Monday 28 September 2009


The ESRC, together with the MRC and a clutch of government departments, have launched a funding initiative for an interdisciplinary research group on 'subjective wellbeing', or 'happiness or life satisfaction as reported by individuals,' and how this relates to public policy. The turnaround on this is tight: they want expressions of interest by 16 Oct. However, this need only be a one page summary. Funds of up to £4.4 million (at 100 per cent full economic costing, at current prices) are available over a five year period. More detail here

1 comment:

  1. From Prof Laurence Goldstein:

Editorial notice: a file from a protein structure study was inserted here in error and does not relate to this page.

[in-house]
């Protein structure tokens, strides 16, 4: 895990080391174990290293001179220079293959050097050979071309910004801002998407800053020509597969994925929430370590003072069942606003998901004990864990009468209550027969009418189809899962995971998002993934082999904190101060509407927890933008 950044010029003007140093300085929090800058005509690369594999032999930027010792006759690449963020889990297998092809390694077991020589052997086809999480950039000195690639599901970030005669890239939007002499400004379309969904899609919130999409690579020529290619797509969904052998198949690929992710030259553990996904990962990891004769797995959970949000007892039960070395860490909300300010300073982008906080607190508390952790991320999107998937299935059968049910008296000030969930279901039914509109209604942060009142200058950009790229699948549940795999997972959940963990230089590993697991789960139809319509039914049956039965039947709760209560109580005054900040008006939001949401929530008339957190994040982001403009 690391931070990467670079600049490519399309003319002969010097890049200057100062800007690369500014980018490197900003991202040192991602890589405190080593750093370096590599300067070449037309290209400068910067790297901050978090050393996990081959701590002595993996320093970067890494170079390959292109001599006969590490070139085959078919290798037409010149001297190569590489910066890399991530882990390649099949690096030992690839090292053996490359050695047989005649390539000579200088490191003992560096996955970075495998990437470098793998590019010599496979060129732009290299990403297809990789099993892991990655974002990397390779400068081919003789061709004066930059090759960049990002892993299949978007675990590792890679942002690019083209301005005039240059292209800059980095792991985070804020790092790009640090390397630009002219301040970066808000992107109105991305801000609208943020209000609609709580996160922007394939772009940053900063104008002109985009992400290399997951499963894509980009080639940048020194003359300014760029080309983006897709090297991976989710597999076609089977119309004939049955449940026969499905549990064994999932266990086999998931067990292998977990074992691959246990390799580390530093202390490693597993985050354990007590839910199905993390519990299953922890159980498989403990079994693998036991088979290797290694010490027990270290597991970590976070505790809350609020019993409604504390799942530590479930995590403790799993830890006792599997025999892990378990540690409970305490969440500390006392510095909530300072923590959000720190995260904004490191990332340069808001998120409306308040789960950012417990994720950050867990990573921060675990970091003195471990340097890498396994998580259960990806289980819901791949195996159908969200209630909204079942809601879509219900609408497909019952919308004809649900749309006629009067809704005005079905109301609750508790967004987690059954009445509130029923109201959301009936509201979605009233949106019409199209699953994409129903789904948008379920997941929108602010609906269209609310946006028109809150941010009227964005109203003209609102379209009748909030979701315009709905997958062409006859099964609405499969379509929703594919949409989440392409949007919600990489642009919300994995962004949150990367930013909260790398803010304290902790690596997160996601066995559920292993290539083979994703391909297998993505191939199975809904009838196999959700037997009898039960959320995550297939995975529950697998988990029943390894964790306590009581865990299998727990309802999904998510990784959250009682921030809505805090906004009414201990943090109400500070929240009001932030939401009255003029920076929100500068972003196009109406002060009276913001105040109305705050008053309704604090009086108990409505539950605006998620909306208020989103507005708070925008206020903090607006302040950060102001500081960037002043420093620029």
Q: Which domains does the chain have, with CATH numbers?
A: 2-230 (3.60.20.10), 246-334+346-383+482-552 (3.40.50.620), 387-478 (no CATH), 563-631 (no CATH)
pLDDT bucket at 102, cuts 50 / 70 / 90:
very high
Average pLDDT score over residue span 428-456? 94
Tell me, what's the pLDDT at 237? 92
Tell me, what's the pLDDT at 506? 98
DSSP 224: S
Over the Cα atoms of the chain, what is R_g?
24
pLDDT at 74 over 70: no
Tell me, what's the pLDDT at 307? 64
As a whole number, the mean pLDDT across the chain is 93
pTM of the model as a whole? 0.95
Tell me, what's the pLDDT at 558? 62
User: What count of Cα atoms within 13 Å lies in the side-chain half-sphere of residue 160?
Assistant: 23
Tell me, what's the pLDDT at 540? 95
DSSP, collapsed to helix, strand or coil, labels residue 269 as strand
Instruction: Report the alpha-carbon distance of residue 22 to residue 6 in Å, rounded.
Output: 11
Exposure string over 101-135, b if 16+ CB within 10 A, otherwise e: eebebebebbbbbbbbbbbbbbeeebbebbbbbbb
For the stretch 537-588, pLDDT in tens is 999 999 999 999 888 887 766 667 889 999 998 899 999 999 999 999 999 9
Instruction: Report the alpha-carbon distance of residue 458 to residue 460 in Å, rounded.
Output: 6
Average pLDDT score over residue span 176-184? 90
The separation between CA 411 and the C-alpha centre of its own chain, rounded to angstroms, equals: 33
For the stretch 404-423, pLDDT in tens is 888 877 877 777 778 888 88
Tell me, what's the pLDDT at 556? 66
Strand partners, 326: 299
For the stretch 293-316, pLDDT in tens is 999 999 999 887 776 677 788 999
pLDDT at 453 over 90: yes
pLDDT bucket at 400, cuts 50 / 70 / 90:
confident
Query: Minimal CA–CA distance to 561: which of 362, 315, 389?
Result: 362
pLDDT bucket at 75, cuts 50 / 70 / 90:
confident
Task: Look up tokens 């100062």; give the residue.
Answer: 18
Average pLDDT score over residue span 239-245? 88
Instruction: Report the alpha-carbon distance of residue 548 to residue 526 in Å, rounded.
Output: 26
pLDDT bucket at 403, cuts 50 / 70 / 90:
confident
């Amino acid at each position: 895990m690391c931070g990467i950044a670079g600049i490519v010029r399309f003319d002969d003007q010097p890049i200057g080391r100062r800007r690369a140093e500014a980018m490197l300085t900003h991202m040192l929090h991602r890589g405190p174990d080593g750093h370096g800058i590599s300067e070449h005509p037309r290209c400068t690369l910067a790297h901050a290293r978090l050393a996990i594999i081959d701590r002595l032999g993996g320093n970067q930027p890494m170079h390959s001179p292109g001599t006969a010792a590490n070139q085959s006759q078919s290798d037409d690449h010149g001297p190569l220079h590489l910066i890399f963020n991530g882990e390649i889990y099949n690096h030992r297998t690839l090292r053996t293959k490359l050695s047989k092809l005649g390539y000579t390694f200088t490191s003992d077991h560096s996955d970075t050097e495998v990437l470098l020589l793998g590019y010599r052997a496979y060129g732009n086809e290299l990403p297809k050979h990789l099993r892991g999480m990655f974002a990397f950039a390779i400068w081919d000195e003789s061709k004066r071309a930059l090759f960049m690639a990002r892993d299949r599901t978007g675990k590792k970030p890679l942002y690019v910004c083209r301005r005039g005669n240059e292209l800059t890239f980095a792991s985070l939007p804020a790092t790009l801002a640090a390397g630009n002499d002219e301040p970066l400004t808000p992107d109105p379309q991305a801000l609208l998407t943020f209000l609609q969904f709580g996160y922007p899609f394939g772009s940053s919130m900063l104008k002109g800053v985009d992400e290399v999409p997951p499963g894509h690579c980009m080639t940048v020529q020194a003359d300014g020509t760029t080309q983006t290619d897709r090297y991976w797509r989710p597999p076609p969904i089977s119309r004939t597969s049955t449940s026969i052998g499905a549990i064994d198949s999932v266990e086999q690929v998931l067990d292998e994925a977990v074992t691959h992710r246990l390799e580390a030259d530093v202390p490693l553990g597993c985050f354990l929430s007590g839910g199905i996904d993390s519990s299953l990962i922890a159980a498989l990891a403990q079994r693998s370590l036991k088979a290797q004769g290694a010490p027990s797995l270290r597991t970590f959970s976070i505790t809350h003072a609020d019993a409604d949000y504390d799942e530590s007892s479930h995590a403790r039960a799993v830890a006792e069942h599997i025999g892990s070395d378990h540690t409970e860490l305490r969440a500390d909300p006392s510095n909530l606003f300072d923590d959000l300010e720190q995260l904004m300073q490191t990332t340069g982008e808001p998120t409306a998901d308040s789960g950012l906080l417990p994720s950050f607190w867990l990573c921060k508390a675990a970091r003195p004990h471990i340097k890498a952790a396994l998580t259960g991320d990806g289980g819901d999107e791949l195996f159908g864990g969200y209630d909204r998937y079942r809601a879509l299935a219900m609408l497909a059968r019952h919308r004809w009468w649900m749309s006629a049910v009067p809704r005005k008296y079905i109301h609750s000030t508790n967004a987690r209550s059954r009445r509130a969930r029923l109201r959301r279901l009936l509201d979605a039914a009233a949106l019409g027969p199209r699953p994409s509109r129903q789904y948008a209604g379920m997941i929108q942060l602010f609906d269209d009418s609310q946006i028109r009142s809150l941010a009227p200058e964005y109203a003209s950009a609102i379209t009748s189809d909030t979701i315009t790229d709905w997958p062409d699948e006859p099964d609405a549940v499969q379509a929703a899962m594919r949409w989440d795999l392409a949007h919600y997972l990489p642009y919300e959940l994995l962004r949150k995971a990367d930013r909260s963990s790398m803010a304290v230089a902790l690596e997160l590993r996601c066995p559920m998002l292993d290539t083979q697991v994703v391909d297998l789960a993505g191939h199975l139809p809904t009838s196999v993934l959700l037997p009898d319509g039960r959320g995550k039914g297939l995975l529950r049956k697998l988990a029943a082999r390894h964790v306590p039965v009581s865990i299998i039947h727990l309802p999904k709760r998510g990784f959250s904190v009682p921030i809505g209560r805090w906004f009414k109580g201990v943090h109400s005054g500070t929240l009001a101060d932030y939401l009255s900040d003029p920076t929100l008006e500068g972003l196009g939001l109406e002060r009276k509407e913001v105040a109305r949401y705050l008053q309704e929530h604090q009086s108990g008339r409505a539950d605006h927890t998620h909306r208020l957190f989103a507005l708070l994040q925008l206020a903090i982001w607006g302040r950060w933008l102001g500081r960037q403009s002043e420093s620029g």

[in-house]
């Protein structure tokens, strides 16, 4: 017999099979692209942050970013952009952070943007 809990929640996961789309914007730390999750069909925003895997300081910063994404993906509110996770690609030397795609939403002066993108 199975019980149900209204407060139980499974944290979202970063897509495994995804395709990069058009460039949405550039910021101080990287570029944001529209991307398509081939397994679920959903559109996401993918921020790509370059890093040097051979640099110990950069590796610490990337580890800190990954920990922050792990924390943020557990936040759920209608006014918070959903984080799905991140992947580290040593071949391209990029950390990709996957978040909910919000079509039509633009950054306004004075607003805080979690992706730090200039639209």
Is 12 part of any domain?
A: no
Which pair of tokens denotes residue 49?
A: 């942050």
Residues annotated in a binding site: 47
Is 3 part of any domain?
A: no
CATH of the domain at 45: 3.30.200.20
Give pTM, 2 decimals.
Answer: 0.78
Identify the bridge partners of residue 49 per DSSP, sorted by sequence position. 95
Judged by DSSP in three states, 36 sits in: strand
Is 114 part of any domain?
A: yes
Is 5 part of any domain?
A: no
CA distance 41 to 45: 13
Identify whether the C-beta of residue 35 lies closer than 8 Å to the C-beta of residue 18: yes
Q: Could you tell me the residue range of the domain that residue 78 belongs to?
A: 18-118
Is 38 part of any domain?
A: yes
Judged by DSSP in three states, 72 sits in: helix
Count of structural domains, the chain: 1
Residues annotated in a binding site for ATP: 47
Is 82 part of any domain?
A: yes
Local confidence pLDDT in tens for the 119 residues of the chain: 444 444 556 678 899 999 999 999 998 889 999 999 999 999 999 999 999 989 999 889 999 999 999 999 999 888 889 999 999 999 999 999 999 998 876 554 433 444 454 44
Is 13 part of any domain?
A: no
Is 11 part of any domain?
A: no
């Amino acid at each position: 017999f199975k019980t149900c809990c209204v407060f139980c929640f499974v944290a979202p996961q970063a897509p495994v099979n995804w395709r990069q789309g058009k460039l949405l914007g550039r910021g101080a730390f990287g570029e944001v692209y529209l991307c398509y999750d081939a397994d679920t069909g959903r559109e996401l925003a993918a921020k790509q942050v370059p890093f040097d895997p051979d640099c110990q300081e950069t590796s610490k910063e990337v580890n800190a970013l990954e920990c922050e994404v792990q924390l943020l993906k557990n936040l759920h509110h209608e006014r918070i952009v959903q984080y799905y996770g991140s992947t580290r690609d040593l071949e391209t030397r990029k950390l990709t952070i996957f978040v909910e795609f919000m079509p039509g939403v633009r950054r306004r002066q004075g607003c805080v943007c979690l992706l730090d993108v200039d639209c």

The blurb says "Subjective well-being is happiness or life satisfaction as reported by individuals". The contrast must be with 'objective well-being'. Objectively -- as judged by rational outsiders -- you may be doing badly, but you judge things differently -- you are satisfied with your life; you are, as John Stuart Mill (nearly) said, happy as a pig in shit. The blurb continues that we need "further investment in research to underpin public policy development that will enhance the well-being of citizens". It is talking here about "subjective well being". So are the funders proposing to spend £4.4M on research into how individuals can better deceive themselves into thinking that they are better off than they really are? Is the project about promoting self-delusion? If anyone can throw any light on this, that would be really helpful.